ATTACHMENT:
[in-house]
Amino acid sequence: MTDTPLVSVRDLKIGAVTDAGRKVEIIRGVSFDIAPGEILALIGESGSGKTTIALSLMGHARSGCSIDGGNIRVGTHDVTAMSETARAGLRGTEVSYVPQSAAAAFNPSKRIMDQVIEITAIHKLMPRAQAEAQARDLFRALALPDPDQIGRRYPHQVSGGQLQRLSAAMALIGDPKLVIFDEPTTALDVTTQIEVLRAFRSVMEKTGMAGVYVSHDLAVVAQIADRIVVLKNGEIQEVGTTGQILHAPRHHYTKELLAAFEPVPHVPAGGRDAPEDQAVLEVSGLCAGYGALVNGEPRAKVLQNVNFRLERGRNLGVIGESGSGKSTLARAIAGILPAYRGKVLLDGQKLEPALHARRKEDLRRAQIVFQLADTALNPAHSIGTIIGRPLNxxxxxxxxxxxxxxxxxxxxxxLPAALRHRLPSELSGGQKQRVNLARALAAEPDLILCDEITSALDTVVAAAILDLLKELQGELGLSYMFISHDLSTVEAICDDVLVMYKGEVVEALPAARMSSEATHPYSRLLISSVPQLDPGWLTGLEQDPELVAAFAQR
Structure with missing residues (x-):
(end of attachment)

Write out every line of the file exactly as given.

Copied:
[in-house]
Amino acid sequence: MTDTPLVSVRDLKIGAVTDAGRKVEIIRGVSFDIAPGEILALIGESGSGKTTIALSLMGHARSGCSIDGGNIRVGTHDVTAMSETARAGLRGTEVSYVPQSAAAAFNPSKRIMDQVIEITAIHKLMPRAQAEAQARDLFRALALPDPDQIGRRYPHQVSGGQLQRLSAAMALIGDPKLVIFDEPTTALDVTTQIEVLRAFRSVMEKTGMAGVYVSHDLAVVAQIADRIVVLKNGEIQEVGTTGQILHAPRHHYTKELLAAFEPVPHVPAGGRDAPEDQAVLEVSGLCAGYGALVNGEPRAKVLQNVNFRLERGRNLGVIGESGSGKSTLARAIAGILPAYRGKVLLDGQKLEPALHARRKEDLRRAQIVFQLADTALNPAHSIGTIIGRPLNxxxxxxxxxxxxxxxxxxxxxxLPAALRHRLPSELSGGQKQRVNLARALAAEPDLILCDEITSALDTVVAAAILDLLKELQGELGLSYMFISHDLSTVEAICDDVLVMYKGEVVEALPAARMSSEATHPYSRLLISSVPQLDPGWLTGLEQDPELVAAFAQR
Structure with missing residues (x-):